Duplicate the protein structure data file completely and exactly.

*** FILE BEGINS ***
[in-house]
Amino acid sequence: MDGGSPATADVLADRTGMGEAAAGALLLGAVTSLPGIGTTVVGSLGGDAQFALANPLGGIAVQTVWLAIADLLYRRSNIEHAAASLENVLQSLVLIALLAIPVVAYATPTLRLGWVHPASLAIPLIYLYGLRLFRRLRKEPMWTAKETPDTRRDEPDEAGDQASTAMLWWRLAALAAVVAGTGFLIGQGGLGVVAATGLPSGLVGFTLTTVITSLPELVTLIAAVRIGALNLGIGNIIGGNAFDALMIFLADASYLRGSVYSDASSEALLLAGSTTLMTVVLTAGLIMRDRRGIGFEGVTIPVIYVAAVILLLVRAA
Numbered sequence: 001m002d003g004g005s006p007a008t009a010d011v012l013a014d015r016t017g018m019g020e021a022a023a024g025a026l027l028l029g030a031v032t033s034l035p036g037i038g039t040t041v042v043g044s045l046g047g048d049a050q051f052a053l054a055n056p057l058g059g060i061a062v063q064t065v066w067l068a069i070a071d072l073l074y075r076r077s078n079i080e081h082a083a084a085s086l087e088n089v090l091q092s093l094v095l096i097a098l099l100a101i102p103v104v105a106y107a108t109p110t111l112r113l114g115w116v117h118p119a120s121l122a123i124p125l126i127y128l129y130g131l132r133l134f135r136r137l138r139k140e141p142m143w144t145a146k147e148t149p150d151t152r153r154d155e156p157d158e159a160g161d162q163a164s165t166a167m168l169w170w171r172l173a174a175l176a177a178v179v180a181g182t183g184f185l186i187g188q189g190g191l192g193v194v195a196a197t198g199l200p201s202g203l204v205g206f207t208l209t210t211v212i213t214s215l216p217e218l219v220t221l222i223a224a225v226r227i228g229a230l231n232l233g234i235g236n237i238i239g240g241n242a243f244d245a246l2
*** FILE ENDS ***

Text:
[in-house]
Amino acid sequence: MDGGSPATADVLADRTGMGEAAAGALLLGAVTSLPGIGTTVVGSLGGDAQFALANPLGGIAVQTVWLAIADLLYRRSNIEHAAASLENVLQSLVLIALLAIPVVAYATPTLRLGWVHPASLAIPLIYLYGLRLFRRLRKEPMWTAKETPDTRRDEPDEAGDQASTAMLWWRLAALAAVVAGTGFLIGQGGLGVVAATGLPSGLVGFTLTTVITSLPELVTLIAAVRIGALNLGIGNIIGGNAFDALMIFLADASYLRGSVYSDASSEALLLAGSTTLMTVVLTAGLIMRDRRGIGFEGVTIPVIYVAAVILLLVRAA
Numbered sequence: 001m002d003g004g005s006p007a008t009a010d011v012l013a014d015r016t017g018m019g020e021a022a023a024g025a026l027l028l029g030a031v032t033s034l035p036g037i038g039t040t041v042v043g044s045l046g047g048d049a050q051f052a053l054a055n056p057l058g059g060i061a062v063q064t065v066w067l068a069i070a071d072l073l074y075r076r077s078n079i080e081h082a083a084a085s086l087e088n089v090l091q092s093l094v095l096i097a098l099l100a101i102p103v104v105a106y107a108t109p110t111l112r113l114g115w116v117h118p119a120s121l122a123i124p125l126i127y128l129y130g131l132r133l134f135r136r137l138r139k140e141p142m143w144t145a146k147e148t149p150d151t152r153r154d155e156p157d158e159a160g161d162q163a164s165t166a167m168l169w170w171r172l173a174a175l176a177a178v179v180a181g182t183g184f185l186i187g188q189g190g191l192g193v194v195a196a197t198g199l200p201s202g203l204v205g206f207t208l209t210t211v212i213t214s215l216p217e218l219v220t221l222i223a224a225v226r227i228g229a230l231n232l233g234i235g236n237i238i239g240g241n242a243f244d245a246l2